A few drives around town later, with no issues, I tried to reproduce the problem at home. I parked the fully warmed up Nova in the driveway where it angles up slightly, and let it sit for 30 minutes. I forgot to check under the hood, but as I drove the dirt road out the car ran out of gas again, with no fuel in the filter. I tried to use the fuel in the accelerator pump to bang it over a little, and that worked after a couple tries, it fired up and the filter was full of gas again, and I was on my way.

Having reproduced the problem, I went to get a new fuel filter. When I was going to exit off the freeway, there was a long bumper to bumper line to exit. Ran out of gas there again, this time while the engine had been running fine. I had to bump the engine over and pump the gas to get it going again, after letting it sit for a few minutes on the shoulder.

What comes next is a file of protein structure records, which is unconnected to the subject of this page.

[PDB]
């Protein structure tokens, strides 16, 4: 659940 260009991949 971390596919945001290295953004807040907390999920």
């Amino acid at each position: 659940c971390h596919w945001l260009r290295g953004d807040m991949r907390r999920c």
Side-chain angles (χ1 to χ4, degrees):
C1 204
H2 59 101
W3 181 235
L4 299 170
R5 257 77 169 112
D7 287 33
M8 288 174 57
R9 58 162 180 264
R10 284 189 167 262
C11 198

I eventually got home and replaced the fuel pump with a new Delphi pump. The old one I think I put on in 2002 was an old Carter unit, and it visually looked fine. Putting the new one on, I checked for leaks, and took it for a spin. Filled it with gas, and drove home. To enter my shop, I have a little incline uphill to get to the roll up door. Shut the car off, opened the roll up, then hopped into the Nova and started it. Drove it inside, and left it running. I got out, popped the hood, and saw that the fuel filter was empty again with no fuel coming in. I revved the engine some, and the fuel eventually and slowly started filling the filter again.

I don’t think this is a fuel pump issue anymore since I had replaced it with a new one. As I type this out, I think this is narrowing down to a possible bad sending unit or dirt in the line, maybe some weird vapor lock issue (since I can reproduce the issue when it is facing uphill), or perhaps an issue with the needle and seat valves or stuck floats not letting fuel into the carb somehow?